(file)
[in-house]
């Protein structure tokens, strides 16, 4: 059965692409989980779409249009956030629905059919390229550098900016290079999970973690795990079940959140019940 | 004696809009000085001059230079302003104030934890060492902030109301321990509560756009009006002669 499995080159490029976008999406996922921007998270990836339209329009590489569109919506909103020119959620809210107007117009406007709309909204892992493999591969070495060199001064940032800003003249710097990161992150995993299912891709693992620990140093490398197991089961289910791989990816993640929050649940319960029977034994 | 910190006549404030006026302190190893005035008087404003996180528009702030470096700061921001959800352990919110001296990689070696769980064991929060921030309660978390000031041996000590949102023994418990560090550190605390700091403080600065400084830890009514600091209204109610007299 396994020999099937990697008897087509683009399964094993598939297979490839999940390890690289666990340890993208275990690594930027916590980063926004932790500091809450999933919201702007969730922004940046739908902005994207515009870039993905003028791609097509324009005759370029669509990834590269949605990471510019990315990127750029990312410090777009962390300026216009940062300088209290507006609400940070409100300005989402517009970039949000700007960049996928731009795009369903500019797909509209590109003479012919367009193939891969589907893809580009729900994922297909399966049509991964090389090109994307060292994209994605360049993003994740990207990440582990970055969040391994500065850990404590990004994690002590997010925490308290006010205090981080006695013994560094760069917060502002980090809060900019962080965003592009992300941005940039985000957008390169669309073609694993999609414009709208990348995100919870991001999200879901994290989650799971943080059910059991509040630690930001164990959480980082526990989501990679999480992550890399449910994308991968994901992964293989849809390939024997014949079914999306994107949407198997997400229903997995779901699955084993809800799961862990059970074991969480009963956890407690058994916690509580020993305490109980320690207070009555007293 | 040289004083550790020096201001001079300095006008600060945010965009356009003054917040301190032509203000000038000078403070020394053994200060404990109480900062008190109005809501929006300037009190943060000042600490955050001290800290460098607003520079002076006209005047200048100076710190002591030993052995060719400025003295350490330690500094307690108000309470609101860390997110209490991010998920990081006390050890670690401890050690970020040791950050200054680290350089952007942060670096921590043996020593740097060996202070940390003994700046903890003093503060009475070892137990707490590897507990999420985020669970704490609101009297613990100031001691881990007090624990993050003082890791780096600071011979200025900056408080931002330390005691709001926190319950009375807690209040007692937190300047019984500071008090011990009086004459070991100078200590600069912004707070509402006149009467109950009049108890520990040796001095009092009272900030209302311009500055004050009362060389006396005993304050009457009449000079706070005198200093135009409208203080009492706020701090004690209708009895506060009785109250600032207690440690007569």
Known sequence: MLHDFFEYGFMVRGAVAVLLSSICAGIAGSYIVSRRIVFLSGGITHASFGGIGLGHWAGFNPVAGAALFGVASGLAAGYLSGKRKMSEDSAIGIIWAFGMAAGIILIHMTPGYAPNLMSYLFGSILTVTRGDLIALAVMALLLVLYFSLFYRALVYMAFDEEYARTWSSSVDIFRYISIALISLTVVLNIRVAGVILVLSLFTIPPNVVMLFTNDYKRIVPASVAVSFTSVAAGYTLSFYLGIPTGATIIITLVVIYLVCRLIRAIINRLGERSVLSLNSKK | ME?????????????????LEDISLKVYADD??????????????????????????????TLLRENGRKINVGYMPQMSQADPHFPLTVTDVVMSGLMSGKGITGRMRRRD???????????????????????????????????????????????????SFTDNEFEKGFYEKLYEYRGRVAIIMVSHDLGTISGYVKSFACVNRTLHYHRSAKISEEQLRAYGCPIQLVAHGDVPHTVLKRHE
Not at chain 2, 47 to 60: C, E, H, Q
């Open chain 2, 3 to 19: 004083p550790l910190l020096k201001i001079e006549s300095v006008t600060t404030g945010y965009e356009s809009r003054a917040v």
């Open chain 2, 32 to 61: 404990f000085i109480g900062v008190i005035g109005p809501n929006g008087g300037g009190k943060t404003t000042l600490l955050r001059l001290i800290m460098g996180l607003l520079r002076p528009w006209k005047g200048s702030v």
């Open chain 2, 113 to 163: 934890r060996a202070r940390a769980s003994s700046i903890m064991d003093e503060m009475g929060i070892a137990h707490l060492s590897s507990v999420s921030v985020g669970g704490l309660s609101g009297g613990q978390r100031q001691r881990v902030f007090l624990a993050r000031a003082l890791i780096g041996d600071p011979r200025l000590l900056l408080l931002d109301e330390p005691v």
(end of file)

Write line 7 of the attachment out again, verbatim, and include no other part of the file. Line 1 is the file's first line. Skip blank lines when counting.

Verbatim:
């Open chain 2, 113 to 163: 934890r060996a202070r940390a769980s003994s700046i903890m064991d003093e503060m009475g929060i070892a137990h707490l060492s590897s507990v999420s921030v985020g669970g704490l309660s609101g009297g613990q978390r100031q001691r881990v902030f007090l624990a993050r000031a003082l890791i780096g041996d600071p011979r200025l000590l900056l408080l931002d109301e330390p005691v």